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PLoS Genet. 2015 Jan 8;11(1):e1004897. doi: 10.1371/journal.pgen.1004897. eCollection 2015 Jan.

A discrete transition zone organizes the topological and regulatory autonomy of the adjacent tfap2c and bmp7 genes.

Author information

1
Developmental Biology Unit, European Molecular Biology Laboratory, Heidelberg, Germany.
2
Genome Biology Unit, European Molecular Biology Laboratory, Heidelberg, Germany.
3
Developmental Biology Unit, European Molecular Biology Laboratory, Heidelberg, Germany; Genome Biology Unit, European Molecular Biology Laboratory, Heidelberg, Germany.

Abstract

Despite the well-documented role of remote enhancers in controlling developmental gene expression, the mechanisms that allocate enhancers to genes are poorly characterized. Here, we investigate the cis-regulatory organization of the locus containing the Tfap2c and Bmp7 genes in vivo, using a series of engineered chromosomal rearrangements. While these genes lie adjacent to one another, we demonstrate that they are independently regulated by distinct sets of enhancers, which in turn define non-overlapping regulatory domains. Chromosome conformation capture experiments reveal a corresponding partition of the locus in two distinct structural entities, demarcated by a discrete transition zone. The impact of engineered chromosomal rearrangements on the topology of the locus and the resultant gene expression changes indicate that this transition zone functionally organizes the structural partition of the locus, thereby defining enhancer-target gene allocation. This partition is, however, not absolute: we show that it allows competing interactions across it that may be non-productive for the competing gene, but modulate expression of the competed one. Altogether, these data highlight the prime role of the topological organization of the genome in long-distance regulation of gene expression.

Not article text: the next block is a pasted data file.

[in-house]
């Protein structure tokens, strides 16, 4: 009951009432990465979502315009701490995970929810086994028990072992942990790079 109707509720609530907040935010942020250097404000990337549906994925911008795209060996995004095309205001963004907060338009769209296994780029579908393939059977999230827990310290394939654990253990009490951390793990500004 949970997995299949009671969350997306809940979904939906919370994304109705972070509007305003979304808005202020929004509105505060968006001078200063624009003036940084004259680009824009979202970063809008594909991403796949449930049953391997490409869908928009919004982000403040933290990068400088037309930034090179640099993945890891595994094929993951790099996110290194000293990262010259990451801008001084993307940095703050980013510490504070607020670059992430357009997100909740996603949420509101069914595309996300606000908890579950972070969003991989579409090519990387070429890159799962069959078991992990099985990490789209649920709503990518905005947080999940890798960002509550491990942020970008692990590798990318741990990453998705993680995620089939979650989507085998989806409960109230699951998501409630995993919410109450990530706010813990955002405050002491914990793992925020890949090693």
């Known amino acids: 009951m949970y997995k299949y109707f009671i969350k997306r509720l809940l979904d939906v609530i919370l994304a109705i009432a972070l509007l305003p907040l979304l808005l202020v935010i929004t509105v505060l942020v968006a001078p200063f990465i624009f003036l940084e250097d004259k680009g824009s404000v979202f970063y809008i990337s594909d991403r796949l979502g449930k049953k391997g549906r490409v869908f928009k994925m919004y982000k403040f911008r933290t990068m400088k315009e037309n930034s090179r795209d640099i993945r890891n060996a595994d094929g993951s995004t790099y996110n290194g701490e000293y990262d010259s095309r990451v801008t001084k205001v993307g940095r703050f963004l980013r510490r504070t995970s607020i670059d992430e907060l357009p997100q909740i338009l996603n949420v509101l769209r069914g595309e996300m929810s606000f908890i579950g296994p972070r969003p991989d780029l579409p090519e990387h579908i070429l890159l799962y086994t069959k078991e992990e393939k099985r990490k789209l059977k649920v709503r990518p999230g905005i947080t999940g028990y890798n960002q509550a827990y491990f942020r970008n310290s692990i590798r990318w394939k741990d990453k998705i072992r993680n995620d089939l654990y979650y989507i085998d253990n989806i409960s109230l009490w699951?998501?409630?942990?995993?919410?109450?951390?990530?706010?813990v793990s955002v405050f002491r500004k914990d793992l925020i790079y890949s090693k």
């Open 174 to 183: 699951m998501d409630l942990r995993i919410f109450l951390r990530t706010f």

PMID:
25569170
PMCID:
PMC4288730
DOI:
10.1371/journal.pgen.1004897
[Indexed for MEDLINE]
Free PMC Article

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